Workplace Leaders
LaFosse Associates
Head of People Experience

Steve Harding

When operating in an economically challenging environment, many businesses are leaning into investment in people as a means of securing their own future success.

Interview Co-host Max Webber sat down with Steve Harding, Head of People Experience at LaFosse Associates, a global recruitment firm specialising in tech talent. With over 18 years of diverse experience spanning various industries, Steve shares perspectives on scaling an engaging culture, empowering employees, and embracing learning.

Steve's Journey

Max: To kick things off, can you tell me a bit about your background and your current role at LaFosse Associates?

Absolutely. I've been with LaFosse for almost four years now, starting off as a contractor before joining the team permanently a couple of years back. LaFosse began primarily as a recruitment agency but has diversified quite a bit into areas like skills training through LaFosse Academy, which enables us to train people without tech backgrounds from the ground up and get them client-ready. As Head of People Experience, my role involves overseeing the entire employee experience – from onboarding to ongoing development, engagement, and more – to enable our people to thrive and do their best work in service of our business objectives.

Max: How did you come to this role?

I started in Learning and Development (L&D) and all of my roles have been very different. I began training Student Union officers and staff, moved on to training parking wardens, and then took my first foray into recruitment with a company called K2 Partnering which was based in Germany, Switzerland, Providence, San Francisco, and London. That was a great experience and I got to travel a lot and help people develop their skills. My role then evolved and became more HR-focused as I broadened my experience, which brought me here.

Max: What does your current role look like?

It’s about getting people on board, managing them, developing them and caring for them in a way that allows them to give their best to the company while the company gives the best to them.

Max: I know LaFosse has fantastic equity, diversity and inclusion (EDI) accreditations and initiatives. Can you share more about what you’re doing to promote belonging and inclusion as the organisation scales and evolves?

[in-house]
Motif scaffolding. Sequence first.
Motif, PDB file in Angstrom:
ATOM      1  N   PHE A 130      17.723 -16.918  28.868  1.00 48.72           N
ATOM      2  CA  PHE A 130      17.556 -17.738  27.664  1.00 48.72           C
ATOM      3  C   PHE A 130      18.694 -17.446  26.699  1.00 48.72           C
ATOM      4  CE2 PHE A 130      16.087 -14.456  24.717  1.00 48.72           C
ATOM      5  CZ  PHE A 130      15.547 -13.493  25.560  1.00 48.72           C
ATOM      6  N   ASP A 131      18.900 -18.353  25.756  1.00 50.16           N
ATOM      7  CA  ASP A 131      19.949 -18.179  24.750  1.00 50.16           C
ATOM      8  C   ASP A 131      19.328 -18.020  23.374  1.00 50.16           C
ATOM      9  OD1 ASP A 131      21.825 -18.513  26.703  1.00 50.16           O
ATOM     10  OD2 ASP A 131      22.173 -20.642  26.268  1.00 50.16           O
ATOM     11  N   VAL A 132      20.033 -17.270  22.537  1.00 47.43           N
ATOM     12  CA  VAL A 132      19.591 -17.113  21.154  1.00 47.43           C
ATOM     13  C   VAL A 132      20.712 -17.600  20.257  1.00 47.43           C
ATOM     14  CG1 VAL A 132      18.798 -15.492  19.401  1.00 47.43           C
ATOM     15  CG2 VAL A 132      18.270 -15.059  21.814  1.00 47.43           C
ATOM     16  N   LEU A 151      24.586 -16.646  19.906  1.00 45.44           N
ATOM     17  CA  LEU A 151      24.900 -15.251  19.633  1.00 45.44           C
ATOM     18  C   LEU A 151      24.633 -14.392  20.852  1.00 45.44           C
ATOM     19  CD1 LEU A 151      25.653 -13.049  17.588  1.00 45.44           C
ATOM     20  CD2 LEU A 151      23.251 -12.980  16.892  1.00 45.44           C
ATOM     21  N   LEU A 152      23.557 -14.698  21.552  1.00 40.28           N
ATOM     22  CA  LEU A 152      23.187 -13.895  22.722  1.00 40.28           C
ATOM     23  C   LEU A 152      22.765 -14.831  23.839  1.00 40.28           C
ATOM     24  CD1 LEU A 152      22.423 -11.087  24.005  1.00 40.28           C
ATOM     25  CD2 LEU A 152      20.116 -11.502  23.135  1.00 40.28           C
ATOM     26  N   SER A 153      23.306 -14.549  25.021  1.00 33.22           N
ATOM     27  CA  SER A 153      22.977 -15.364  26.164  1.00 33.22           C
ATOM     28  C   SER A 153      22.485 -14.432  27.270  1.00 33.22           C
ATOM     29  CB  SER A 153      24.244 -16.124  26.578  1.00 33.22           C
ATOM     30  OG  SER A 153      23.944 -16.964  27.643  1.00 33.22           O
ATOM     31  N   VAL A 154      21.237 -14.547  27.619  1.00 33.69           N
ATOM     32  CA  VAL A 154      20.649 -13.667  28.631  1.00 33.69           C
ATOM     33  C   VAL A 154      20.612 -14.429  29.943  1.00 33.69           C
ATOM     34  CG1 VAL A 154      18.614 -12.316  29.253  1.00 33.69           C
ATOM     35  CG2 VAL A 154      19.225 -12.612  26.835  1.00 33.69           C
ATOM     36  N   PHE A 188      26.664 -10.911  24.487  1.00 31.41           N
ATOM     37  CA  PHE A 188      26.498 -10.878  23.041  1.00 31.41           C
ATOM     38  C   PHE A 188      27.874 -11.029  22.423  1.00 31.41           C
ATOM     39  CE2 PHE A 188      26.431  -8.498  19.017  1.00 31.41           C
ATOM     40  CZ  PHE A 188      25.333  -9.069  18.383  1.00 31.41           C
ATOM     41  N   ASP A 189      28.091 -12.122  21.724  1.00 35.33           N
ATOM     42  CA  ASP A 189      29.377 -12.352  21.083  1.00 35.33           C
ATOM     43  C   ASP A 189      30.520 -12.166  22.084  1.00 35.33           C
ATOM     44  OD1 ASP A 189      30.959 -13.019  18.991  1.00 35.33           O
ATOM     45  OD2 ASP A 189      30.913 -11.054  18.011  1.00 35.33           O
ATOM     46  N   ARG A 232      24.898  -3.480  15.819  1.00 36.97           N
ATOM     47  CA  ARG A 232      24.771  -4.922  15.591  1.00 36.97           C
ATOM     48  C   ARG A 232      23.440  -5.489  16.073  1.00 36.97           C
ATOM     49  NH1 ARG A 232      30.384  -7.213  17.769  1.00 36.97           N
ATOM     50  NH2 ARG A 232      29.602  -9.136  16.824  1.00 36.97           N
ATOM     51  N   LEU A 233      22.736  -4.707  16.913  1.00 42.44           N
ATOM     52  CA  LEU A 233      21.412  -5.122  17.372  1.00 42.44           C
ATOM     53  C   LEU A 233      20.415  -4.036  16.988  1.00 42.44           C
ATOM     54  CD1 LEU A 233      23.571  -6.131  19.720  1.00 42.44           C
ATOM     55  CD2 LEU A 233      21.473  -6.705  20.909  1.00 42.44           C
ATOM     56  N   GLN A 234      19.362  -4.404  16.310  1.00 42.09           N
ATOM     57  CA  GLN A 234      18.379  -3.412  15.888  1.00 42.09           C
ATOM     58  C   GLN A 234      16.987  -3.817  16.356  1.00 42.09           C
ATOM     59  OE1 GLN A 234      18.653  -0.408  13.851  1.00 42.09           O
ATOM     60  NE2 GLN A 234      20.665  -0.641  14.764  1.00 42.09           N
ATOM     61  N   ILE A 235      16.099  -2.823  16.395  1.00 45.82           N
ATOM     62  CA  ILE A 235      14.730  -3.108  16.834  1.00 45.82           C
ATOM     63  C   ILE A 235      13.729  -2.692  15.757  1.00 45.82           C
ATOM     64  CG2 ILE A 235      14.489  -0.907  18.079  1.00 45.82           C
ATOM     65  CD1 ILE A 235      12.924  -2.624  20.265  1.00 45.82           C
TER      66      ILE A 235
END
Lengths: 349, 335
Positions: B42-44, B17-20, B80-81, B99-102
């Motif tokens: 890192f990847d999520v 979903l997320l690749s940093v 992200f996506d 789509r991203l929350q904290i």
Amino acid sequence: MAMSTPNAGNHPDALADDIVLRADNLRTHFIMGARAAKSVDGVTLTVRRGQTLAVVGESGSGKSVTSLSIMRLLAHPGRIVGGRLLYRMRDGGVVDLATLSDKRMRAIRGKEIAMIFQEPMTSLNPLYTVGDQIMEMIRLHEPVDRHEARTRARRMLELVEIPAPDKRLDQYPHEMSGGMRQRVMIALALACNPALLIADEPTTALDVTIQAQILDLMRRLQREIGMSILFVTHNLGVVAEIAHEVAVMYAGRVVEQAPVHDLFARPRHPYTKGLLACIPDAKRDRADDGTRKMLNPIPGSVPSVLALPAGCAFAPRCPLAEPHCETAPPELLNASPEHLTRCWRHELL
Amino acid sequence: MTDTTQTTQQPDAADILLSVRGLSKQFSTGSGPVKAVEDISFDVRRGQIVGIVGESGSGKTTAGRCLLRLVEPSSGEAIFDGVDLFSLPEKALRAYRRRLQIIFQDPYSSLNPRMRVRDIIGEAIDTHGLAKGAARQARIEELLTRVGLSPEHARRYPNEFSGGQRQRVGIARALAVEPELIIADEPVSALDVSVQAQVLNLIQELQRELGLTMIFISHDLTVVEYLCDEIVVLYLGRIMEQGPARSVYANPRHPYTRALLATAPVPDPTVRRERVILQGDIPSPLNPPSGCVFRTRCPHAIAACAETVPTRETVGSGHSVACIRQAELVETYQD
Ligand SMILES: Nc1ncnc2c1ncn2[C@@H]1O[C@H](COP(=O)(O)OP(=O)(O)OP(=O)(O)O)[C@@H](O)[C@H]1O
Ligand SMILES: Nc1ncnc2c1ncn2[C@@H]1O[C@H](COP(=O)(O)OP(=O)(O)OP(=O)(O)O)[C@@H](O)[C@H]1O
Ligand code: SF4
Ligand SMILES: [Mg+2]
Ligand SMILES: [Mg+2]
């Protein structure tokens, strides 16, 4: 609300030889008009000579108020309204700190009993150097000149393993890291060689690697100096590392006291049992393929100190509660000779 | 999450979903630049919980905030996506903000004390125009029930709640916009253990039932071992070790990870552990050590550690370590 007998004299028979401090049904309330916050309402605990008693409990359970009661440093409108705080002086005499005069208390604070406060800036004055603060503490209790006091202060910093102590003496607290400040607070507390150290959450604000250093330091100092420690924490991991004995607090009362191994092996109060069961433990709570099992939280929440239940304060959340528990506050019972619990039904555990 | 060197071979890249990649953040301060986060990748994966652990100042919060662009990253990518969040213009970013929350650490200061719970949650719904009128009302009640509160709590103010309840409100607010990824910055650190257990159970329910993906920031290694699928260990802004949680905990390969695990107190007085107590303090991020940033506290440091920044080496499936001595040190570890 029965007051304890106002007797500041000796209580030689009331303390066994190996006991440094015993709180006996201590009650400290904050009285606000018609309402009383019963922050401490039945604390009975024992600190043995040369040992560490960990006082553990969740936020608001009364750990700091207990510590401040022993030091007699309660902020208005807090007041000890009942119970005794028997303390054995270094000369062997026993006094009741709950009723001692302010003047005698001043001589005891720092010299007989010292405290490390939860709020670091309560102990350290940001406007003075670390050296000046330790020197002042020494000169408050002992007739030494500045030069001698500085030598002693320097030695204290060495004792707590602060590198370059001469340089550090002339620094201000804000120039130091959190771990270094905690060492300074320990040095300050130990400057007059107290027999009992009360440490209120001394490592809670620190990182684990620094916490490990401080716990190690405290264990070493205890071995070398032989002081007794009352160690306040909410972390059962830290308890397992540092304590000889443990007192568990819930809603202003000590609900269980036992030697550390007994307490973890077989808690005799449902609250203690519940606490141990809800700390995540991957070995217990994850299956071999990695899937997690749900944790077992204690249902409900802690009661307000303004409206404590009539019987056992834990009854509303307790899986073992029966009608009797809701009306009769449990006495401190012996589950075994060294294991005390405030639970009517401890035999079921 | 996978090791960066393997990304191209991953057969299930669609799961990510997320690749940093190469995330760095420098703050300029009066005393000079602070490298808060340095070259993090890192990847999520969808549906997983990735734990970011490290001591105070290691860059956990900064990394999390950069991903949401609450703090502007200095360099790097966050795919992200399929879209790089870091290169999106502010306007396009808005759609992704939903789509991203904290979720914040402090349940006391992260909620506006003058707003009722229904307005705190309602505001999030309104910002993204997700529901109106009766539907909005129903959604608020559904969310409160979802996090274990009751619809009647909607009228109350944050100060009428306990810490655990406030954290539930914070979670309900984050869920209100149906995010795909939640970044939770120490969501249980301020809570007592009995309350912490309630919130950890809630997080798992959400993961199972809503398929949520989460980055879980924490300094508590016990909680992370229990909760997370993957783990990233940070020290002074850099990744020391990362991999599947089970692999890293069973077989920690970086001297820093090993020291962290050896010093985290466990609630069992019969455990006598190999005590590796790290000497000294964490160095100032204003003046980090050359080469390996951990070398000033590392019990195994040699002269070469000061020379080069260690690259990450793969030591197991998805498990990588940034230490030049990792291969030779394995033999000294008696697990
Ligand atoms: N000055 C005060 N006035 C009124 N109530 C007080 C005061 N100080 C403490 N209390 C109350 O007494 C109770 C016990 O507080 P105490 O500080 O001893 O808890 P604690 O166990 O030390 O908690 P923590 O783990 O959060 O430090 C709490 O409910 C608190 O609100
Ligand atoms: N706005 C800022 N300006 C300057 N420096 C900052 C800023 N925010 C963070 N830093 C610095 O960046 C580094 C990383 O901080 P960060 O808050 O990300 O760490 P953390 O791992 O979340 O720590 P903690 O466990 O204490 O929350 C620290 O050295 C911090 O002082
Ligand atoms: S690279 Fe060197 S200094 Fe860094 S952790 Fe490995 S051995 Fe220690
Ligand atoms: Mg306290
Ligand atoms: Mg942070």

Absolutely. A very exciting development this year is that we became an employee-owned company, so now our employees have a real collective ownership stake. We’re on a thoughtful journey to transition from being founder-led to being employee-owned, taking time to carefully realign on mission, values, and key strategic projects moving forward. 

Our core value of “care” remains central to our identity. Our diversity networks are employee-led; for example, I sponsor the LGBTQ+ network but it’s run by employees themselves. These groups spearhead important initiatives from learning events to partnering with local youth groups, not just symbolic gestures tied to particular focus months.

Max: Engaging employees in EDI, especially busy recruiters and client-facing roles, can be an industry-wide challenge. How are you approaching this at LaFosse?

You’re completely right, it’s certainly an ongoing area of focus. We introduced an extensive 12-month internal DEI programme last year concentrating first on education, and are now thoughtfully expanding it to help clients improve DEI too. We’ve learned firsthand the advantages that come from embracing diverse perspectives internally. Recruitment has diversified away from its historical archetype of white, male, elite university graduates, and the focus now needs to be on reflecting the community within which you operate. Inclusion helps all employees feel a sense of ownership as we become more conversational about strategy and purpose across all roles.

Max: How do you typically draw the link between cultural initiatives like inclusion and belonging, and commercial success?

I think that, ultimately, people need to feel like they truly belong and have real ownership. As an employee-owned firm, we’re having more open conversations across the company about higher purpose and long-term strategy. Historically we were very sales-driven but now a good third of employees are not in sales – trainers, talent coaches, and back office support roles. A culture of learning helps businesses continuously evolve and succeed through change. Rapid access to curated learning enables skills development. Managers must be empowered and accountable for their teams’ growth.

Max: Building on that thread, what do you believe are the most vital elements to get right in fostering a culture of learning and growth?

Empowering managers and holding them accountable is absolutely crucial. If they take responsibility for their team’s learning, it happens much more consistently. Rapid access to digestible information enables people to continuously build skills over time. Traditional e-learning hasn’t always solved the right problems; people want bite-sized learning they can quickly apply. 

Max: What is the best piece of advice you’ve received in your career?

Ultimately, you have to be open-minded to learning from anyone regardless of background – it’s about being a sponge, not a stone. The best advice I received here was to let people help you and lean on others’ expertise. As people managers, we have so much to learn from our teams daily.

Curious to see what the future of training looks like?
Max Webber
Max works closely with people leaders and change-makers in our professional services markets. If you're looking to feature on The Interview, or simply want to learn more about GoodCourse, then get in touch at

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